It should be surprising that the way we understand reality itself can be disputed. I happen to think that there is a universally accepted account of reality, one articulated and promoted by Socrates and adopted by intellectual and practical leaders since. My argument is with this generally accepted account. I think it has overwhelming problems both theoretically and for practical purposes. There are, of course, reasons why deep thinkers have adopted the view pushed by Socrates. Those reasons have to do with the advantages to the powerful that Socrates account of our ends and means, as well as his Mission Statement’s enabling clause, the account of reason as a matter of logical argument.
There are several attacks on the Socratic position. One of them is the argument that if we follow Socrates we will be taking the side of the Antichrist against God. I find this argument the most surprising and interesting argument made by the Teacher, who we should understand as the great antagonist to Socratic philosophy. Another argument made by the Teacher has to do with the consequences of any general adoption of the Socratic view. According to the Teacher, adoption of the Socratic view would inevitably lead to the self destruction of anyone so committed and the destruction of everyone and everything loved by them. The Teacher used the word “apocalypse” and the “apocalyptic” to make this argument.
My argument has been that another way to understand the Socratic view is to see that it makes us understand ourselves as zombies. I call the adoption of Socratic principles “zombification.” That is, adopting Socratic principles makes us zombies, will-less creatures driven by our insatiable hungers or the commands of our voodoo masters. The problem with zombies and people who think of themselves as zombies is that they cannot take care of their health. They cannot understand how to protect themselves because of the confusions created by our perverted understanding of our lives and what, on Socrates’ view, is important in our lives.
Whereas Socrates claims our goal must be to survive, he promotes a strategy involving the use of force and its cognates which makes looking after our health impossible.
One example of this has to do with the problems people have with diabetes mellitus. There is the question whether a diabetic’s diet causes their problems and if so, whether a change in diet might cure it. In the following article the writers claim that a vegetarian diet can cure many diabetics problem. There are others who dispute this claim saying that meat and dairy products need not be avoided in a diabetic diet.
The question I have is about why there has not been definitive research done on this question which would answer this question. The influence of the meat and dairy producers may have put pressure on the government to not fund research which could help us understand this issue.One can remember that the tobacco industry put pressure on government to never fund research on the health concerns of smoking tobacco.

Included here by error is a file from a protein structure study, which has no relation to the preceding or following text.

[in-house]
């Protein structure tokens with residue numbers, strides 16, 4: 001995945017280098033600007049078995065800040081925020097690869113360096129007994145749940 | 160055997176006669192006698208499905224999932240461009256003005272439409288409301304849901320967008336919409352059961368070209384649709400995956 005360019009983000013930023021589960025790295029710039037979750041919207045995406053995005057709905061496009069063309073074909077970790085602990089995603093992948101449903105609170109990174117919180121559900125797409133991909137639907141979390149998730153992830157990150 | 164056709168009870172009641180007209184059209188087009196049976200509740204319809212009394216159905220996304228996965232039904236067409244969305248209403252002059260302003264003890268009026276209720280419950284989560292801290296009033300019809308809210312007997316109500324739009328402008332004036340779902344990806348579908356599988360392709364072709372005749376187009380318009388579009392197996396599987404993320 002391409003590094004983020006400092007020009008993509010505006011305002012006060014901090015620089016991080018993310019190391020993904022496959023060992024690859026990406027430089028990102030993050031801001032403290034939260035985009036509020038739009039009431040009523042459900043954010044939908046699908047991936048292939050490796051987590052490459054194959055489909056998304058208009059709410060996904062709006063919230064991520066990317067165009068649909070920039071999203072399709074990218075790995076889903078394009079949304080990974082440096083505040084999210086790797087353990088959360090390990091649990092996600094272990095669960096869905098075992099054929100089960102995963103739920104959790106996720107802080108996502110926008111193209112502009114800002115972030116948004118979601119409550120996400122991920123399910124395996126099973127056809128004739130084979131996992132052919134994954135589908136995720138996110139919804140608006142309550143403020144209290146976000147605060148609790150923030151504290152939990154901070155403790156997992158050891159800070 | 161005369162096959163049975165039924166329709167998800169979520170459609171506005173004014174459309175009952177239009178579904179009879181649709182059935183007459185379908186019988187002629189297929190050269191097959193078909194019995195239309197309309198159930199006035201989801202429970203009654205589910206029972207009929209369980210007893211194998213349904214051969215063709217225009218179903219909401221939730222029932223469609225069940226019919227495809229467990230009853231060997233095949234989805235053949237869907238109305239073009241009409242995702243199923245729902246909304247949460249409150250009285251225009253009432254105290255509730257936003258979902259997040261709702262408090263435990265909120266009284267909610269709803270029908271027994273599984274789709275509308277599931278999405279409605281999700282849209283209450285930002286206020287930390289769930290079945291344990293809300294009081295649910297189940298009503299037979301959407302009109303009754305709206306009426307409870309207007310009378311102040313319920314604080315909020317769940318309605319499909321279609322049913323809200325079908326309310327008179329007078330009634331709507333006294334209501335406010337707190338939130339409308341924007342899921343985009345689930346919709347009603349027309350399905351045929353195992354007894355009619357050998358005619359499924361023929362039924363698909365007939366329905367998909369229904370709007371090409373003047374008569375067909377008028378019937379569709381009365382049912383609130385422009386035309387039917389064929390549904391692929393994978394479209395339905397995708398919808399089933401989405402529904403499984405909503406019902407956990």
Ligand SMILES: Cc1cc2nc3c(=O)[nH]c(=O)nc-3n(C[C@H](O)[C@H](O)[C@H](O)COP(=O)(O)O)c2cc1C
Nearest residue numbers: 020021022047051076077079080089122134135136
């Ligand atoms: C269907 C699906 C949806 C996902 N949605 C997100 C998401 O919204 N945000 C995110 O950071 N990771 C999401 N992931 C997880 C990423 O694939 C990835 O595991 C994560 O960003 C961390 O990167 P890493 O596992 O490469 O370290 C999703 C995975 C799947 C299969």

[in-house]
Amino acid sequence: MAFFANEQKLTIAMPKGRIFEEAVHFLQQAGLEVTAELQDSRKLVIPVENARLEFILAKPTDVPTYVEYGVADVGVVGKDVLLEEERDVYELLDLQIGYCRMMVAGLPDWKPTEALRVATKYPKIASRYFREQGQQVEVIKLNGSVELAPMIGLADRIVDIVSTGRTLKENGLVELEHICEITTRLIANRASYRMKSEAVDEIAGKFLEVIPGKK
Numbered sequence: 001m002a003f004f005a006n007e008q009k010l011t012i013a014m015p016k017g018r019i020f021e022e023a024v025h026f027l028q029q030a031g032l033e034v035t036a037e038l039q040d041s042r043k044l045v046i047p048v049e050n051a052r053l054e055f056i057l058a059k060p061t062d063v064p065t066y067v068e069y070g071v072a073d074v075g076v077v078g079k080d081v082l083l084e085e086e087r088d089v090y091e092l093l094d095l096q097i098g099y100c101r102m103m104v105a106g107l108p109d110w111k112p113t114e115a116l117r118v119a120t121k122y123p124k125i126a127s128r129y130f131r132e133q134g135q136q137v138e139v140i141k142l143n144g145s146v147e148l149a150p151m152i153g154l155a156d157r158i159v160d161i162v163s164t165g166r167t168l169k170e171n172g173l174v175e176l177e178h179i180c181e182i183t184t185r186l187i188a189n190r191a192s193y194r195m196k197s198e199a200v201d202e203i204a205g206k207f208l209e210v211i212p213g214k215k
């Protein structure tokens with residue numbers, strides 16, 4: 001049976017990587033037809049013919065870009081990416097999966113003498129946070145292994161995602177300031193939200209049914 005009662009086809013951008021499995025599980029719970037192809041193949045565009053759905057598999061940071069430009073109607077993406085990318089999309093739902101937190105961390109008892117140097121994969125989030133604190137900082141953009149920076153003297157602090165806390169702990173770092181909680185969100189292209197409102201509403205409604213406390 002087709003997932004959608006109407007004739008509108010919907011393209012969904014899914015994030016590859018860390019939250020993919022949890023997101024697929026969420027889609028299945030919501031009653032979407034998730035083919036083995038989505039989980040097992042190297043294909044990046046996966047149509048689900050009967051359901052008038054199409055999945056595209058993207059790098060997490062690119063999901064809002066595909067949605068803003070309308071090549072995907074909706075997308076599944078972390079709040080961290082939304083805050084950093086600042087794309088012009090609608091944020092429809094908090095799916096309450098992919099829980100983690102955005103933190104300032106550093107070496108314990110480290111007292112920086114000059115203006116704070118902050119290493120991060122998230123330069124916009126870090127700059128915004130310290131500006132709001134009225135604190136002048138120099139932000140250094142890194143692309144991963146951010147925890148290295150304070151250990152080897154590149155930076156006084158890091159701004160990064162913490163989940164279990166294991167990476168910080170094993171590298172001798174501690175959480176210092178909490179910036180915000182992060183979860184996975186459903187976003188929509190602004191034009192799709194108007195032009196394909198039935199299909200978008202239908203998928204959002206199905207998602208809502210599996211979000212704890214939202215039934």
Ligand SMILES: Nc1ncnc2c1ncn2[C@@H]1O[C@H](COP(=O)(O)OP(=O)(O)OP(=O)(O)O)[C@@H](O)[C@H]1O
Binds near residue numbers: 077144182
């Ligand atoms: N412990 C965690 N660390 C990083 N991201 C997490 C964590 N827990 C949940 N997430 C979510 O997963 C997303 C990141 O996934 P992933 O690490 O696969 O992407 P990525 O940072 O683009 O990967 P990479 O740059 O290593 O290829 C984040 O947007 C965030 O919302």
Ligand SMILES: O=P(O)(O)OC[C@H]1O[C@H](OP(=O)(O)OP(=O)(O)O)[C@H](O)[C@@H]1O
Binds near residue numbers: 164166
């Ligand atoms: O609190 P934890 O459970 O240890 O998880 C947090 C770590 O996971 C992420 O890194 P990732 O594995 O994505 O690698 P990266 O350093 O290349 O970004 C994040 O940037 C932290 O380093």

So, what is the argument here about diabetics and their diets? Can the dispute about what to do about this disease be resolved by some simple scientific study? Or, will people continue to suffer from this disease, even if there is a n adequate understanding of what causes and cures it, because powerful interests make money doing things that, unfortunately, lead to the endangerment and sickening of millions of people?
So, what do they say?
By Kathy Freston, AlterNet. Posted October 31, 2009.
A plant-based diet is both preventative and healing, whereas a diet high in animal protein is destructive to our health.
So says Dr. Caldwell Esselstyn, who was a researcher and clinician at the Cleveland Clinic for over 35 years. In 1991, Dr. Esselstyn served as the president of the American Association of Endocrine Surgeons, and organized the 1st National Conference on the Elimination and Prevention of Heart Disease. In 2005, he became the 1st recipient of the Benjamin Spock Award for Compassion in Medicine. Dr. Esselstyn is also an Olympic gold medalist in rowing, and he was awarded the Bronze Star as an army surgeon in Vietnam.
In this series of interviews I've conducted with extraordinary nutritional researchers and medical doctors, I've sought to understand the link between diet and the most common and dreaded diseases that are prevalent in our culture. What I'm hearing over and over is that a plant-based diet is both preventative and healing, whereas a diet high in animal protein is destructive to our health - this is the case with cancer, type 2 diabetes, and heart disease.
The great news is that there is very real hope in shifting the course of our health. What is becoming very apparent through various peer reviewed studies is that by changing our diet - eliminating that which causes havoc in the body (animal protein) and adding in plant based proteins and eating lots of vegetables, legumes, beans, and whole grains, we can not only prevent disease, but also heal from it once it is already in motion. Following is a fascinating conversation I had on diet and heart health.